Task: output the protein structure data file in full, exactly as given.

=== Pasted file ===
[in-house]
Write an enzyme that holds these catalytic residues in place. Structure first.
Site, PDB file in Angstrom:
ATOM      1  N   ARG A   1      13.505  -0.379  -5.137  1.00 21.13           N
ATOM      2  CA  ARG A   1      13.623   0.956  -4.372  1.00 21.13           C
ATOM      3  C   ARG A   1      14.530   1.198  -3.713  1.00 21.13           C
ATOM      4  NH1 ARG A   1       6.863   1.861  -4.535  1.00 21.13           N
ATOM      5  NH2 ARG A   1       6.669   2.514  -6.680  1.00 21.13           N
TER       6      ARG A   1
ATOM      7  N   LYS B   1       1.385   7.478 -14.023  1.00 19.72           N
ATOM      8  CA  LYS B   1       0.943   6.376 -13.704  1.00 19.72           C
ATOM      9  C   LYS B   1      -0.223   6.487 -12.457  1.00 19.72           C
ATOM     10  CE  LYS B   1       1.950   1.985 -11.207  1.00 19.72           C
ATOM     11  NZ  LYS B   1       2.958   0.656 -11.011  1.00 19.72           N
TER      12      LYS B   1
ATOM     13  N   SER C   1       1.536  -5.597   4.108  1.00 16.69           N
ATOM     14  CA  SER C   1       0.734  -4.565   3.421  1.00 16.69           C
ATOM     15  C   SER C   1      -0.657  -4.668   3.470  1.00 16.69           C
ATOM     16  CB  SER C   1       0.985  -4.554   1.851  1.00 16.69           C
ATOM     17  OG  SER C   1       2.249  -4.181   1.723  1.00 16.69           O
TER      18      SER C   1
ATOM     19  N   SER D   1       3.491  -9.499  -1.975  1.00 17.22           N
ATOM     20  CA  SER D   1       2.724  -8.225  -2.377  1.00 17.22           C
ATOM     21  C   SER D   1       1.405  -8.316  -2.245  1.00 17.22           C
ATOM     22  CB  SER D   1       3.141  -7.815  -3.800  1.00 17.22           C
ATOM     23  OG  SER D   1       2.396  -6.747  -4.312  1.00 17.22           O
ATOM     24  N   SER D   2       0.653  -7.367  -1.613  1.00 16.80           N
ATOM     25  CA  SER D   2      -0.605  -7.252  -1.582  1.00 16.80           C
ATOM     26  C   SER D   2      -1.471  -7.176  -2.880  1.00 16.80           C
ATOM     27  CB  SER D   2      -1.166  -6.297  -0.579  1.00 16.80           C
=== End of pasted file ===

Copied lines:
[in-house]
Write an enzyme that holds these catalytic residues in place. Structure first.
Site, PDB file in Angstrom:
ATOM      1  N   ARG A   1      13.505  -0.379  -5.137  1.00 21.13           N
ATOM      2  CA  ARG A   1      13.623   0.956  -4.372  1.00 21.13           C
ATOM      3  C   ARG A   1      14.530   1.198  -3.713  1.00 21.13           C
ATOM      4  NH1 ARG A   1       6.863   1.861  -4.535  1.00 21.13           N
ATOM      5  NH2 ARG A   1       6.669   2.514  -6.680  1.00 21.13           N
TER       6      ARG A   1
ATOM      7  N   LYS B   1       1.385   7.478 -14.023  1.00 19.72           N
ATOM      8  CA  LYS B   1       0.943   6.376 -13.704  1.00 19.72           C
ATOM      9  C   LYS B   1      -0.223   6.487 -12.457  1.00 19.72           C
ATOM     10  CE  LYS B   1       1.950   1.985 -11.207  1.00 19.72           C
ATOM     11  NZ  LYS B   1       2.958   0.656 -11.011  1.00 19.72           N
TER      12      LYS B   1
ATOM     13  N   SER C   1       1.536  -5.597   4.108  1.00 16.69           N
ATOM     14  CA  SER C   1       0.734  -4.565   3.421  1.00 16.69           C
ATOM     15  C   SER C   1      -0.657  -4.668   3.470  1.00 16.69           C
ATOM     16  CB  SER C   1       0.985  -4.554   1.851  1.00 16.69           C
ATOM     17  OG  SER C   1       2.249  -4.181   1.723  1.00 16.69           O
TER      18      SER C   1
ATOM     19  N   SER D   1       3.491  -9.499  -1.975  1.00 17.22           N
ATOM     20  CA  SER D   1       2.724  -8.225  -2.377  1.00 17.22           C
ATOM     21  C   SER D   1       1.405  -8.316  -2.245  1.00 17.22           C
ATOM     22  CB  SER D   1       3.141  -7.815  -3.800  1.00 17.22           C
ATOM     23  OG  SER D   1       2.396  -6.747  -4.312  1.00 17.22           O
ATOM     24  N   SER D   2       0.653  -7.367  -1.613  1.00 16.80           N
ATOM     25  CA  SER D   2      -0.605  -7.252  -1.582  1.00 16.80           C
ATOM     26  C   SER D   2      -1.471  -7.176  -2.880  1.00 16.80           C
ATOM     27  CB  SER D   2      -1.166  -6.297  -0.579  1.00 16.80           C